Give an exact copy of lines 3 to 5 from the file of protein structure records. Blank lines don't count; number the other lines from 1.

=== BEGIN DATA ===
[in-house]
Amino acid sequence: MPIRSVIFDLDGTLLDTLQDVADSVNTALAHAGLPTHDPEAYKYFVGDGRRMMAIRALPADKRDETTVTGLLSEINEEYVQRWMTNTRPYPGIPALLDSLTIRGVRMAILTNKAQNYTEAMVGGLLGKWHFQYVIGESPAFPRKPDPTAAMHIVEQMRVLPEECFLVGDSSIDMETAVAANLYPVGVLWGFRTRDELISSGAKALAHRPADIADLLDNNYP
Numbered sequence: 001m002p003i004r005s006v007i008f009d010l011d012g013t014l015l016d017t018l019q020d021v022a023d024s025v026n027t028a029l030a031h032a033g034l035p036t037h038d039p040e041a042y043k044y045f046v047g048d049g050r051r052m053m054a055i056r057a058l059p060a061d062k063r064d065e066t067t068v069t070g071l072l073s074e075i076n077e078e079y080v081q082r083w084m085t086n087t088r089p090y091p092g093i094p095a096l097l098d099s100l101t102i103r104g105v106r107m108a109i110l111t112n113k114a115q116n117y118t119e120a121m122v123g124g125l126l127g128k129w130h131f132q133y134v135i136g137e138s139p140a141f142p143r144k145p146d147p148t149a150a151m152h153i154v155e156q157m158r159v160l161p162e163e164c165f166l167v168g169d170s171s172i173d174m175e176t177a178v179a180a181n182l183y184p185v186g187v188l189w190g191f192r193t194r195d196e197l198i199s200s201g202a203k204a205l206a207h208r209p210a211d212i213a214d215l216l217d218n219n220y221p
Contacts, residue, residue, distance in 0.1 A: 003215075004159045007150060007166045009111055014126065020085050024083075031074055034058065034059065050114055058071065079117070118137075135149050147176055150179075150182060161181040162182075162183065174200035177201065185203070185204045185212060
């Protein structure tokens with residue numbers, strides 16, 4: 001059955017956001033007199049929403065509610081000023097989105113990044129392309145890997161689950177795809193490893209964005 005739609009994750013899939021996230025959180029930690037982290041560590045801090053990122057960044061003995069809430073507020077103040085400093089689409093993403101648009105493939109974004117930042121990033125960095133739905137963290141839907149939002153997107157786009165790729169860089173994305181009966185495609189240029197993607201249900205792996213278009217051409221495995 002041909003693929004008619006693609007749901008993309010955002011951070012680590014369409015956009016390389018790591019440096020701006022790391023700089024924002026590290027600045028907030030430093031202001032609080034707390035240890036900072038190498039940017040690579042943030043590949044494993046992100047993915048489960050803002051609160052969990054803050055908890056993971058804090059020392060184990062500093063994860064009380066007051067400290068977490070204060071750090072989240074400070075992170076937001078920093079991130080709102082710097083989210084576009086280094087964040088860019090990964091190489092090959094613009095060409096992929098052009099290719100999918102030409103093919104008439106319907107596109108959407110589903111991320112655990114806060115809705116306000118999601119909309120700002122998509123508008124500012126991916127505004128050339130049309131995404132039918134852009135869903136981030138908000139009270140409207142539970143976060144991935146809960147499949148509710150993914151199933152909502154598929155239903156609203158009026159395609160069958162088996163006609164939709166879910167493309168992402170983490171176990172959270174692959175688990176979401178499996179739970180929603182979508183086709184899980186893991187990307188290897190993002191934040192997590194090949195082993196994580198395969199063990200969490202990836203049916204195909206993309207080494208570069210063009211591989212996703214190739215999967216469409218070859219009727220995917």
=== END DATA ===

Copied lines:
Numbered sequence: 001m002p003i004r005s006v007i008f009d010l011d012g013t014l015l016d017t018l019q020d021v022a023d024s025v026n027t028a029l030a031h032a033g034l035p036t037h038d039p040e041a042y043k044y045f046v047g048d049g050r051r052m053m054a055i056r057a058l059p060a061d062k063r064d065e066t067t068v069t070g071l072l073s074e075i076n077e078e079y080v081q082r083w084m085t086n087t088r089p090y091p092g093i094p095a096l097l098d099s100l101t102i103r104g105v106r107m108a109i110l111t112n113k114a115q116n117y118t119e120a121m122v123g124g125l126l127g128k129w130h131f132q133y134v135i136g137e138s139p140a141f142p143r144k145p146d147p148t149a150a151m152h153i154v155e156q157m158r159v160l161p162e163e164c165f166l167v168g169d170s171s172i173d174m175e176t177a178v179a180a181n182l183y184p185v186g187v188l189w190g191f192r193t194r195d196e197l198i199s200s201g202a203k204a205l206a207h208r209p210a211d212i213a214d215l216l217d218n219n220y221p
Contacts, residue, residue, distance in 0.1 A: 003215075004159045007150060007166045009111055014126065020085050024083075031074055034058065034059065050114055058071065079117070118137075135149050147176055150179075150182060161181040162182075162183065174200035177201065185203070185204045185212060
């Protein structure tokens with residue numbers, strides 16, 4: 001059955017956001033007199049929403065509610081000023097989105113990044129392309145890997161689950177795809193490893209964005 005739609009994750013899939021996230025959180029930690037982290041560590045801090053990122057960044061003995069809430073507020077103040085400093089689409093993403101648009105493939109974004117930042121990033125960095133739905137963290141839907149939002153997107157786009165790729169860089173994305181009966185495609189240029197993607201249900205792996213278009217051409221495995 002041909003693929004008619006693609007749901008993309010955002011951070012680590014369409015956009016390389018790591019440096020701006022790391023700089024924002026590290027600045028907030030430093031202001032609080034707390035240890036900072038190498039940017040690579042943030043590949044494993046992100047993915048489960050803002051609160052969990054803050055908890056993971058804090059020392060184990062500093063994860064009380066007051067400290068977490070204060071750090072989240074400070075992170076937001078920093079991130080709102082710097083989210084576009086280094087964040088860019090990964091190489092090959094613009095060409096992929098052009099290719100999918102030409103093919104008439106319907107596109108959407110589903111991320112655990114806060115809705116306000118999601119909309120700002122998509123508008124500012126991916127505004128050339130049309131995404132039918134852009135869903136981030138908000139009270140409207142539970143976060144991935146809960147499949148509710150993914151199933152909502154598929155239903156609203158009026159395609160069958162088996163006609164939709166879910167493309168992402170983490171176990172959270174692959175688990176979401178499996179739970180929603182979508183086709184899980186893991187990307188290897190993002191934040192997590194090949195082993196994580198395969199063990200969490202990836203049916204195909206993309207080494208570069210063009211591989212996703214190739215999967216469409218070859219009727220995917």